Will China make a move on Taiwan to control the global chip market
Will China make a move on Taiwan to control the global chip market

A battle is brewing in Asia that has very important implications for the future. Martijn Rasser, senior fellow at the Washington-based Think Tank Center for a New American Security, says, “By controlling Taiwan’s semiconductor industry, China would control the global market. They would have access to the most advanced manufacturing capabilities and so on.” is even more valuable than control over the world’s oil. “

China may decide that it is worth invading Taiwan for chip making equipment

Rasser adds, “Whoever controls the design and production of these microchips will set the course for the 21st century.” And China could see such a power worth waging war. Think about what happened to Huawei last year when the US changed its chip export rules.

Rasser adds: “Semiconductors are the ground zero of global technology competition. They are included in everything we need to function as a society.”

Since last May, the US has been demanding that global foundries like TSMC, which use American technology to make chips, must obtain a license before these components are shipped to Huawei. This also includes shipping chips developed by Huawei itself to the company. Since Huawei was unable to buy state-of-the-art semiconductors, the number of phone shipments has dropped sharply (including a year-on-year drop of 70% in the first quarter).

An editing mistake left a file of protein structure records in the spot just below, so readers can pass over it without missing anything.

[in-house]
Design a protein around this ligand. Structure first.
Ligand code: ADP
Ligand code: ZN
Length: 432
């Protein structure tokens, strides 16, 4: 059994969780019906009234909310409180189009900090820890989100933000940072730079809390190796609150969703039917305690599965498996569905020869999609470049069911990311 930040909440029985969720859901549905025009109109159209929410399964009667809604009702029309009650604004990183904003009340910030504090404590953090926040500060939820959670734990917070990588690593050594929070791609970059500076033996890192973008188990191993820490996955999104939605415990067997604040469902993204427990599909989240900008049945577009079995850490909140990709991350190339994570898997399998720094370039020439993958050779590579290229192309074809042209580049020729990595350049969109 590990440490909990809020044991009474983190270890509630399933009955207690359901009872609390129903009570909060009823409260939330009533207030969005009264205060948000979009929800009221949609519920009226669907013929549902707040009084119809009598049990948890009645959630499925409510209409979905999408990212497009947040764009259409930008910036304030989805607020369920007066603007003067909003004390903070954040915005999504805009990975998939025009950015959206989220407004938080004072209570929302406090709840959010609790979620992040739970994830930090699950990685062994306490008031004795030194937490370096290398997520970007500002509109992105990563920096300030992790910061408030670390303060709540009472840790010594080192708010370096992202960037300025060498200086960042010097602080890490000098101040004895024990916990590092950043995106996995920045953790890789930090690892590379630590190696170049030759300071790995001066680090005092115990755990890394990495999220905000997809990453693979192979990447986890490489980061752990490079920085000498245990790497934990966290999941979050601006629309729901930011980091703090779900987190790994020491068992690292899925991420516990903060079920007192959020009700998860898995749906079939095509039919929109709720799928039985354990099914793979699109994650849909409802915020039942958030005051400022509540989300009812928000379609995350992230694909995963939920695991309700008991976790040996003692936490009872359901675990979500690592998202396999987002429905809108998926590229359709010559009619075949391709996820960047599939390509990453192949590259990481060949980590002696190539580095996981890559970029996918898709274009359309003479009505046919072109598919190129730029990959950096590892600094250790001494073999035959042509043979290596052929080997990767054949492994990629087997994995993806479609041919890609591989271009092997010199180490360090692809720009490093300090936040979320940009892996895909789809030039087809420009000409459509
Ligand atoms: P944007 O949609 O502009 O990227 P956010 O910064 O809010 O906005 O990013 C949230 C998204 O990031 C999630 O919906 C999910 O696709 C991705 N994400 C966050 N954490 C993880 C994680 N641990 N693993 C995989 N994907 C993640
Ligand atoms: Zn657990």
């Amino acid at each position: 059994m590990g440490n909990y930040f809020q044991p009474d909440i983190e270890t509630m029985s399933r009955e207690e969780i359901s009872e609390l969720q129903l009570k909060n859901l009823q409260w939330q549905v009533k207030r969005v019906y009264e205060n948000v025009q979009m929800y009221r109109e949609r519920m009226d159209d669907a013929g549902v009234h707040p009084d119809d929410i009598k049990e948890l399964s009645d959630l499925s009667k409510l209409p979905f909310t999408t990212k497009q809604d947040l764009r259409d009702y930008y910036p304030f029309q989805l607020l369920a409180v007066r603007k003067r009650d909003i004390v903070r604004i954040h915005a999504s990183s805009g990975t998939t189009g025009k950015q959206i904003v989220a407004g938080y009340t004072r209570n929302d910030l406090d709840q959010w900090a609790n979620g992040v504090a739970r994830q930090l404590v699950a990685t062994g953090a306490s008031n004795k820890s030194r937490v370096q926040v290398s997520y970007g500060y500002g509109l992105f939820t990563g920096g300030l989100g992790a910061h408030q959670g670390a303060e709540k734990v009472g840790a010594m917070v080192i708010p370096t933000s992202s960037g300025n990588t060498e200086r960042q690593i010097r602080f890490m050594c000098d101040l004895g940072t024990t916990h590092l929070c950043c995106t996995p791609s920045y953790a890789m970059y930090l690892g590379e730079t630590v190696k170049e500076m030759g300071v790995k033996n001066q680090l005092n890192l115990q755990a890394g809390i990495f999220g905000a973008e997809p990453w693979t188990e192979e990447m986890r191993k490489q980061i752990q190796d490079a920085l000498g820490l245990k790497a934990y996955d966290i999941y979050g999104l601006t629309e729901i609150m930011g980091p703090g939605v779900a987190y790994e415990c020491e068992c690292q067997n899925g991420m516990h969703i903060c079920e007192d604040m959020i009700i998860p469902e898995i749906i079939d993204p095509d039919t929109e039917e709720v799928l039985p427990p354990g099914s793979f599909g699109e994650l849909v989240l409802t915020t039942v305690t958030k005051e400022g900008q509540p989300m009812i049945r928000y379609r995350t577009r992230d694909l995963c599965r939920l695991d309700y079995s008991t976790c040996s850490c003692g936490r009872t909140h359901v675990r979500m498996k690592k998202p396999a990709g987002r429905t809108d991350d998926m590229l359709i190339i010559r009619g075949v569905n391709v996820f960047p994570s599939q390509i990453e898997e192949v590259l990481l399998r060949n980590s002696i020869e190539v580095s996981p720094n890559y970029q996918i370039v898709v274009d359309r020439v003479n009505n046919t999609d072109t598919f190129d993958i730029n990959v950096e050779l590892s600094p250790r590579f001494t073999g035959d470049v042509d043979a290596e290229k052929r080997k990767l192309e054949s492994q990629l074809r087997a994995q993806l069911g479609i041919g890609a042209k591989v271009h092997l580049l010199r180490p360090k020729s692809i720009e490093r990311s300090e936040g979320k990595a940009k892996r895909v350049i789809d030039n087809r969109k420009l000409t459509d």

Last month, the outgoing U.S. chief military commander in the Pacific said China could invade Taiwan at some point in the next six years. The Biden administration may have to help defend the US tech industry by sideizing Taiwan in any fight against China. Taiwan Semiconductor Manufacturing Company (TSMC) is the leading contract manufacturer in the chip industry and counts Apple as its largest customer.

Fox News reports that China has been flying jet fighters and long-range bombers near Taiwan in the past few days. When you find that 70% of the world’s semiconductors are made in Taiwan, the importance of this issue becomes clear. The US fears that if China were able to take control of state-of-the-art foundries, it would give the Chinese military the opportunity to make great strides against the rest of the world.
Two weeks ago, the Biden government blacklisted seven companies to prevent TSMC from selling advanced chips to China that could be used to make more advanced weapons for the Chinese military. The country is not far advanced in terms of the chip industry and its largest foundry, SMIC, remains a few process nodes away from the 5nm currently used by TSMC and Samsung.

SMIC and other foundries in China had hoped to purchase the more advanced lithography equipment that would allow them to mark wafers with extremely thin lines. These patterns determine the placement of transistors on these wafers and are critical to making higher performing, more energy efficient chips. While China is having a hard time getting this equipment, Taiwan is not.

A new American security agency’s Rasser Center said, “China has tried to get its hands on the equipment and so far it has not been very successful.” What he says next might alarm you. “So you can easily imagine a scenario where Beijing decides it’s worth the risk and actually invades Taiwan to take control of this important industry.

Senator Tommy Tuberville, R-Alabama, said in a statement: “Taiwan is a serious area of ​​interest not only because of its representation as a people, but also because of the democracy that it represents. The free world should be concerned about its central role, where they play It would be a misconception for China to believe that they can accept Taiwan.


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